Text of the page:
Norway took the lead during the Copenhagen Climate Summit, offering $1 billion to developing nations that protect their forests, thereby reducing the world's carbon emissions.
Indonesia announced it will protect one of its largest, richest forests and peatlands, the Central Kalimantan province on Borneo island. The area produces much of Indonesia's GHG because of rapid deforestation and destruction of peat swamps.
For two years, no new leases will be approved to clear forests and peatlands. There are about a million hectares of oil palm plantations there as well as a growing coal-mining sector.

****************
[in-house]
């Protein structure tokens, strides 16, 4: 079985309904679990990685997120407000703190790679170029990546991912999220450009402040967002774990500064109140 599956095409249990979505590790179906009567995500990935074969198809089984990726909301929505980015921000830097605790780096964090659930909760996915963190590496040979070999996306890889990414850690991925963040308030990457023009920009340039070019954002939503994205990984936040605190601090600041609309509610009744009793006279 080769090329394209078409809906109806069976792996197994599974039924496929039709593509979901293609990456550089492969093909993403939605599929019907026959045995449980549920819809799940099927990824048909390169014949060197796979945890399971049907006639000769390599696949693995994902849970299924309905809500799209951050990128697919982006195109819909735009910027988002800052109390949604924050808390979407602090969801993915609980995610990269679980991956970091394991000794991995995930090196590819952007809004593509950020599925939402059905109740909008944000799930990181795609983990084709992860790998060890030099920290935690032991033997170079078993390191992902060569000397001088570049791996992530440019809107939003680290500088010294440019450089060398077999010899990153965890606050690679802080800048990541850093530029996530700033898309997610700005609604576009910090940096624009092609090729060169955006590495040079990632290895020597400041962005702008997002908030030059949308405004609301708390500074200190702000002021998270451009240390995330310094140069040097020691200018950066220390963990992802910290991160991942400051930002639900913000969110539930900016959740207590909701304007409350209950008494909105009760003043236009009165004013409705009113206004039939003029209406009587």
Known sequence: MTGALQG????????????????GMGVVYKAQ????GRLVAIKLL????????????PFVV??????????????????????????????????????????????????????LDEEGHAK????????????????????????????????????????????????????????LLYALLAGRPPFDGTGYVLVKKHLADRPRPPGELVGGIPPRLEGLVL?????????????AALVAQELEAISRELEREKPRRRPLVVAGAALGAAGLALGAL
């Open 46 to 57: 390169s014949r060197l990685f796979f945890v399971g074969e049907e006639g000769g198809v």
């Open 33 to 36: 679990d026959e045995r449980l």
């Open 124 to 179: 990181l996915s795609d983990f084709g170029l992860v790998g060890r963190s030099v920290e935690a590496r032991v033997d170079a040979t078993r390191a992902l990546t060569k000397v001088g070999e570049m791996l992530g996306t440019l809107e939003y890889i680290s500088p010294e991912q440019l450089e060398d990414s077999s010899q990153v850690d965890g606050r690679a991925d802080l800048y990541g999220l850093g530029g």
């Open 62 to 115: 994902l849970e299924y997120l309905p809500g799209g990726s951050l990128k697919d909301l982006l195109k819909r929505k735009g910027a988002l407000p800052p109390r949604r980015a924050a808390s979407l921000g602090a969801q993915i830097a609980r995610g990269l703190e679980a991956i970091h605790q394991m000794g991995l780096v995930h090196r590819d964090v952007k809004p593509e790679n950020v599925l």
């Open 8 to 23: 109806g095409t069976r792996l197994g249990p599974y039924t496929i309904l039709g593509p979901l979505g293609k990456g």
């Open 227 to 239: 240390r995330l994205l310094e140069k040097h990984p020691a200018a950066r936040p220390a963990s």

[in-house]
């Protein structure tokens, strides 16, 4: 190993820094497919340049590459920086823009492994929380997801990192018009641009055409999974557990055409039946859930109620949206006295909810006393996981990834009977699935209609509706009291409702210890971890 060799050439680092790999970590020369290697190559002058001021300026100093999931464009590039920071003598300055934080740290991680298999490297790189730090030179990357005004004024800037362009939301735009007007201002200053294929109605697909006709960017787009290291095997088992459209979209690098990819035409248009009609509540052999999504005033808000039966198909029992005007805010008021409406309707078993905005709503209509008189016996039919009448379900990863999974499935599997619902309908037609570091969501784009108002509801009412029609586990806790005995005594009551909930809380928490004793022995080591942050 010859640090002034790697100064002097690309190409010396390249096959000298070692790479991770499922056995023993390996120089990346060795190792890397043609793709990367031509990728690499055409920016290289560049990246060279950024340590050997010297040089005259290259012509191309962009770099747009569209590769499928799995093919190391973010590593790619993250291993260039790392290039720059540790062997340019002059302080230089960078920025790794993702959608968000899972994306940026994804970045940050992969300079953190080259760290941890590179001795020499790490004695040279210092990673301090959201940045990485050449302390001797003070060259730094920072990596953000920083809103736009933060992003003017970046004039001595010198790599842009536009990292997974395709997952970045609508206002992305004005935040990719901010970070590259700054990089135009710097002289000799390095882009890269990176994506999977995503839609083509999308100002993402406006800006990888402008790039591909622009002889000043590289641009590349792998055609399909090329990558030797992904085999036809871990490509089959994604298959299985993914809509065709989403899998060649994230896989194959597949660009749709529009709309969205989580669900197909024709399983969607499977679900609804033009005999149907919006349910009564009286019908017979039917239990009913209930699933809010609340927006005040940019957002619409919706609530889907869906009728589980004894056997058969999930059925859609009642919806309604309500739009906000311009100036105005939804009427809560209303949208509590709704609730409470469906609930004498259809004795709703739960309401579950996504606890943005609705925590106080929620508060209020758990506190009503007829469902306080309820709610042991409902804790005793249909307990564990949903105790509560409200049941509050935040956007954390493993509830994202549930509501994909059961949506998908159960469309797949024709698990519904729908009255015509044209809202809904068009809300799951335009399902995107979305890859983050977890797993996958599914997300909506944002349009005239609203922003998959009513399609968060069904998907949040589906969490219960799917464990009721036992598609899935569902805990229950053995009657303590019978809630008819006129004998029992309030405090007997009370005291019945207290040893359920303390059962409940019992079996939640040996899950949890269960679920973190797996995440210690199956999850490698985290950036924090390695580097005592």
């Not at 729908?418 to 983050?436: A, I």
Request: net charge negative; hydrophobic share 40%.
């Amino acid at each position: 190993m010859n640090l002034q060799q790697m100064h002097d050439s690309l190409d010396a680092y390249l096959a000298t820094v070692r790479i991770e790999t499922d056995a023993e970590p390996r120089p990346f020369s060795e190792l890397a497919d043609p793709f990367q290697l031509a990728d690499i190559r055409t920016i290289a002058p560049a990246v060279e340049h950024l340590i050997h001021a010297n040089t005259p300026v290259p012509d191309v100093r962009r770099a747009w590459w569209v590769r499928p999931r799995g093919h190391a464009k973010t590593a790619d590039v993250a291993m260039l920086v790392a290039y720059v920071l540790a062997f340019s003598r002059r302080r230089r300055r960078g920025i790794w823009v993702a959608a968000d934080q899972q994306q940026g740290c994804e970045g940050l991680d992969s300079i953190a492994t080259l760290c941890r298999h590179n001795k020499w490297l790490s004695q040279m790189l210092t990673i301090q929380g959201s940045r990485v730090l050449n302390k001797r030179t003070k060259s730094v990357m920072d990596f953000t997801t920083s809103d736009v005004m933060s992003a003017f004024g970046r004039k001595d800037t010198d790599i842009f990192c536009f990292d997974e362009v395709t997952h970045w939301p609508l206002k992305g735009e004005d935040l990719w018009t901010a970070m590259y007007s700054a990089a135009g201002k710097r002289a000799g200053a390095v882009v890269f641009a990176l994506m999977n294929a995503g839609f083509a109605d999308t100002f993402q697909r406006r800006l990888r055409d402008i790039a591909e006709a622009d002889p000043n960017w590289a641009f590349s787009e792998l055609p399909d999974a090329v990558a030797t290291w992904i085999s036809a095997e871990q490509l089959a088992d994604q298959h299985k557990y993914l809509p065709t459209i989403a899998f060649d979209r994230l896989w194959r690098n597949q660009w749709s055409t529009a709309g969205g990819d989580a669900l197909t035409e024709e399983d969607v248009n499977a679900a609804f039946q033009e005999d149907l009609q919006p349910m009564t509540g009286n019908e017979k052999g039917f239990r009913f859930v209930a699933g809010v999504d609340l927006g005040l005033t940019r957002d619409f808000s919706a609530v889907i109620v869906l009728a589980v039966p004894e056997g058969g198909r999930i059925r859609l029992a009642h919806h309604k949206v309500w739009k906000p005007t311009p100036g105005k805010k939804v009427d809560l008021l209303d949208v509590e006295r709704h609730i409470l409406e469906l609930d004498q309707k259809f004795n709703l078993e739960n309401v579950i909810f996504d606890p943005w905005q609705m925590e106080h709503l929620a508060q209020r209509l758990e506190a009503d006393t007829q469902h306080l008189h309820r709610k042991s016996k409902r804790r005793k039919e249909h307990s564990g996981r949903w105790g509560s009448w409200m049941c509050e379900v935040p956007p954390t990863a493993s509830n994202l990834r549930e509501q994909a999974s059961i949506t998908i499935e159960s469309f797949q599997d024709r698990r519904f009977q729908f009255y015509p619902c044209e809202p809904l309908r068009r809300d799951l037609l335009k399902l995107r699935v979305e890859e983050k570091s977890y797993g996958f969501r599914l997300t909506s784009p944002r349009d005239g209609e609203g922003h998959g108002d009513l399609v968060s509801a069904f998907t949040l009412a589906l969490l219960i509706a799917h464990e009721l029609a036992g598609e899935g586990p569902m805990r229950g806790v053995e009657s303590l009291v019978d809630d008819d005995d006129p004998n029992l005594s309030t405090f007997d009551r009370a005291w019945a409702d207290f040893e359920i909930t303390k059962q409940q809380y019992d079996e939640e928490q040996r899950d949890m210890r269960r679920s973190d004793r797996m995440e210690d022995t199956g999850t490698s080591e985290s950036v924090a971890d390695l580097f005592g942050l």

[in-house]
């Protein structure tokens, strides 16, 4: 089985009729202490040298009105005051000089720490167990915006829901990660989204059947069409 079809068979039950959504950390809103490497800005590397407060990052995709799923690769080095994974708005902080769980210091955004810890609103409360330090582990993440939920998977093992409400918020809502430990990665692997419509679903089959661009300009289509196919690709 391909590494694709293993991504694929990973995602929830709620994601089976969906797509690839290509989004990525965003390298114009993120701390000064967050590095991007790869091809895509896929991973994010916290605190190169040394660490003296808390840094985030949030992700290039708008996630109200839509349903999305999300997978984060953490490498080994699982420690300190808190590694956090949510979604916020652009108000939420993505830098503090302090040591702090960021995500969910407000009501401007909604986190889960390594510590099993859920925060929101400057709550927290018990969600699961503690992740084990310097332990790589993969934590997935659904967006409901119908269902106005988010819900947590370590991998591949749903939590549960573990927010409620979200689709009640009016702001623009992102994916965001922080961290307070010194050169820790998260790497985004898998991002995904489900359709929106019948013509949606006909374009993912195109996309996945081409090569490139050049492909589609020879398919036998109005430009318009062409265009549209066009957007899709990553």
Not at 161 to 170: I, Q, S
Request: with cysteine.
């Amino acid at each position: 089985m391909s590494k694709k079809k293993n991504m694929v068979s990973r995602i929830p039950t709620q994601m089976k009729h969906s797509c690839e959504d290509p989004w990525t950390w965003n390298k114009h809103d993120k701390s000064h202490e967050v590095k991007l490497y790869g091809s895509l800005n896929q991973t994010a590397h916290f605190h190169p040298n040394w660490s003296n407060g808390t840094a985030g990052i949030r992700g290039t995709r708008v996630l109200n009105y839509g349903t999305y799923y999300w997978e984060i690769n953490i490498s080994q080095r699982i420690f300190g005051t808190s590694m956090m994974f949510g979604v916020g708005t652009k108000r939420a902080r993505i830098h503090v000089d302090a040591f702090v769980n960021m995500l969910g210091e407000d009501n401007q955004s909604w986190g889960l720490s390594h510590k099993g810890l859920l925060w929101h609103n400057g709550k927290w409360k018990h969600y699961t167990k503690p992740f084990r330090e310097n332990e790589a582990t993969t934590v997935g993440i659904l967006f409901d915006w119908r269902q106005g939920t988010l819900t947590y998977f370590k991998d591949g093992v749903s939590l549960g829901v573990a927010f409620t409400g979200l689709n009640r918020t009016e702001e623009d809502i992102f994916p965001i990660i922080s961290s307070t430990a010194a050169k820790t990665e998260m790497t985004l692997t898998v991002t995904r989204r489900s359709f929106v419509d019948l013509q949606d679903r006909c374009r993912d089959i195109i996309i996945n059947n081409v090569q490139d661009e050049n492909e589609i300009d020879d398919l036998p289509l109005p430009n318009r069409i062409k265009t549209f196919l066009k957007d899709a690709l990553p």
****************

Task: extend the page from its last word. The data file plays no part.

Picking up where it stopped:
Indonesia will have to provide proof of emissions reductions through a transparent auditing system. It's a step toward the implemention of REDD (Reducing Emissions from Deforestation and Degradation), a key method for reducing emissions by protecting the world's remaining undisturbed natural areas.
REDD has received about $4 billion in pledges.